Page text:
Two Worlds: The Life and Photography of Wakaji Matsumoto

This series delves into Wakaji Matsumoto’s life as a farmer turned photographer in Los Angeles and Hiroshima before World War II. His rare photographs captured Japanese American tenant farmers in the Los Angeles area, events in Los Angeles’s Little Tokyo, and urban life in Hiroshima prior to the 1945 atomic bombing of the city. The photographs incorporate both artistic and documentary styles, and include a series of panoramic photos from both cities.

* * * * *

The two essays by curator Dennis Reed and Wakaji’s granddaughter, Karen Matsumoto, are presented in conjunction with the Japanese American National Museum’s online exhibition, Wakaji Matsumoto—An Artist in Two Worlds: Los Angeles and Hiroshima, 1917–1944. Dennis’s essay will be published in three parts. 

View the online exhibition at

*All photos by Wakaji Matsumoto (copyright Matsumoto Family)

culture en ja

Part 3—Wakaji's Legacy

Read Part 2 >> 

Reportage or Art?

Wakaji produced countless individual portraits, documented civic activities like parades and cultural events, and recorded private celebrations such as weddings, club ceremonies, and graduations. He did a considerable amount of advertising photography too, and he was hired by the military to document their endeavors.

Examples of his varied photographic activity abound. In 1929, for instance, Wakaji photographed the cheering citizens of Hiroshima as they welcomed home the Hiroshima Commercial High School baseball team after they won the Japanese national tournament. He extensively documented, in 1936, a trade fair at the Hiroshima Prefectural …

lea más

culture en ja

Part 2—Wakaji’s Photography

Read Part 1 >>

While Tei managed the farm, Wakaji pursued his gifts. He first studied photography through a correspondence course. According to family legend, he moved to San Diego for a period to study photography in more depth. He may have been a student of Masashi Shimotsusa, a photographer who studied in London and Paris before opening a studio in San Diego in 1919, and later a photography school.1 Wakaji may have learned how to make panoramas from Shimotsusa, who was accomplished in the technique (Fig. 3). Whatever his exact path may have been, by 1922, Wakaji was …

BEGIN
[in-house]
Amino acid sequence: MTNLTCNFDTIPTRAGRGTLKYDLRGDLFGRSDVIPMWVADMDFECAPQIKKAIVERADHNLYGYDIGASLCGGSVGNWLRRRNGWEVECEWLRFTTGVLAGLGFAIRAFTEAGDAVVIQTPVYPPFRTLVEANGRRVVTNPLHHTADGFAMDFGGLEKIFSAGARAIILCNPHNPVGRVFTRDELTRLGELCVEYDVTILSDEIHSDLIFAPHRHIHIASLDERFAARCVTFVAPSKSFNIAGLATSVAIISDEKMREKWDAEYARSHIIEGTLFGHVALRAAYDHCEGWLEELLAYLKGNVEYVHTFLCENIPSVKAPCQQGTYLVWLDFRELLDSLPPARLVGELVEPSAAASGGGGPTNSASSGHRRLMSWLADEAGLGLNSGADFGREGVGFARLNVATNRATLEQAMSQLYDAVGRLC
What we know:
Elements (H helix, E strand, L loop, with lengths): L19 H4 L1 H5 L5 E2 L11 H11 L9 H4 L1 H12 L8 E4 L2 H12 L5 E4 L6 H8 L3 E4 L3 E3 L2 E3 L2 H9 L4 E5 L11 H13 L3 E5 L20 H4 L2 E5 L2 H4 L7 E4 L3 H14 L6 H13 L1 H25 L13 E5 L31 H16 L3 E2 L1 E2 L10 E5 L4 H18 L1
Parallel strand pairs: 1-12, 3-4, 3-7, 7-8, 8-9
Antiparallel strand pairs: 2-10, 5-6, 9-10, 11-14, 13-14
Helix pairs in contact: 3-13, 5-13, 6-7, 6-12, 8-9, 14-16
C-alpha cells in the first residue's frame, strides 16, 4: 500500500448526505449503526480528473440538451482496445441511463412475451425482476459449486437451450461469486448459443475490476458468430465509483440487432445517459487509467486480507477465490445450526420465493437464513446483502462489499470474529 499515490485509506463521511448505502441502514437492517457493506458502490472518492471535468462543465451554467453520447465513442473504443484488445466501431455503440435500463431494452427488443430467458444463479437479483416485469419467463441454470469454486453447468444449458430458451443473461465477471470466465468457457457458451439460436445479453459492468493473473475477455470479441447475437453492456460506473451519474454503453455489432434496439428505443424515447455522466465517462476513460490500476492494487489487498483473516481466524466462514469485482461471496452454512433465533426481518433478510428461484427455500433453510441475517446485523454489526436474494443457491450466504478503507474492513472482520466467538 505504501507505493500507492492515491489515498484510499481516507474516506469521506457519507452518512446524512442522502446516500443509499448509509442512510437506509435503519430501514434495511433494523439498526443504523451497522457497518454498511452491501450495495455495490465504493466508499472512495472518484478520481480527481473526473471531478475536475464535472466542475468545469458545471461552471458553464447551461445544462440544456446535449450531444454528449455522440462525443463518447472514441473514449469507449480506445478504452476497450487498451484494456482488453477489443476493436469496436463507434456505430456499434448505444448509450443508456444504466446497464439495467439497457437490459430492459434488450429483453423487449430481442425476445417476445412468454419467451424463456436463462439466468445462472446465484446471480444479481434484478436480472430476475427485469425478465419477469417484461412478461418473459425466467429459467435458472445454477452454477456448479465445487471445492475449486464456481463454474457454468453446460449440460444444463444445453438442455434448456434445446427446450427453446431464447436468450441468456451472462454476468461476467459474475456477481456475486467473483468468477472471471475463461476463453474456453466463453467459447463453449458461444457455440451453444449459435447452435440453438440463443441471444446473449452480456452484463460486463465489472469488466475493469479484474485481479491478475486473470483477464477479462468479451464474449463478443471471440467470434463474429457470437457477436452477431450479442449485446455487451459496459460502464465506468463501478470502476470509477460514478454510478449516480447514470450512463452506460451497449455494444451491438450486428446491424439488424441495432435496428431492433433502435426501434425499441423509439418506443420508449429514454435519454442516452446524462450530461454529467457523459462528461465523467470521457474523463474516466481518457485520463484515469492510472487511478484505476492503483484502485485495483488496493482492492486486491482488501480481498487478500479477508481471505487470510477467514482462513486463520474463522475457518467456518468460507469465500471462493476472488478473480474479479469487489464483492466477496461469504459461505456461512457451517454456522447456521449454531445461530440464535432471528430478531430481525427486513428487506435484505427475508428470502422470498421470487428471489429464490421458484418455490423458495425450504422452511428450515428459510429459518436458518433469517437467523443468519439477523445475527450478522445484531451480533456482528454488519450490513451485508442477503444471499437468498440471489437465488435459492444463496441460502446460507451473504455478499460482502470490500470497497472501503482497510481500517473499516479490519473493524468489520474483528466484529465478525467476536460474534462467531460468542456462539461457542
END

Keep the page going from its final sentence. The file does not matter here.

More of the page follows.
lea más

culture en ja

Wakaji Matsumoto: An Artist in Two Worlds

My grandfather, Wakaji Matsumoto, traveled across the Pacific Ocean to help his father in a foreign land, but he returned to his native Japan as an artist. He was a Japanese photographer who lived in two worlds—Los Angeles, California, and Hiroshima, Japan. His images captured the lives of Japanese immigrant farmers living in rural Los Angeles in the early 1900s, and also events and the everyday lives of people in Hiroshima. 

While living in Los Angeles as a farmer, Wakaji studied photography and became an active member of a Japanese camera club in Los Angeles, and a pioneer in the Pictorialist …

lea más

culture en ja

Part 1—Wakaji’s Beginnings

Wakaji Matsumoto was like many of the young men, mostly teenagers, who came by transport ships from Japan to Hawai‘i, and then on to the western shores of Canada and the United States. He was seventeen when he first arrived in Vancouver in 1906, before making his way to Los Angeles by train to reunite with his father, whom he hardly knew.

When Wakaji was a toddler, he was left with relatives in Japan while his father and mother, Wakamatsu and Haru, immigrated to Hawai‘i prior to 1892. Though Wakamatsu was primarily a fisherman by trade, he had also farmed …

lea más

Autores de la serie


1920s 1930s art artist atomic bomb atomic bombing community family family history farming Hawaii Hiroshima houseboy immigrant Issei Japanese American National Museum Little Tokyo Los Angeles migration photograph photographer photography picture bride postwar pre-war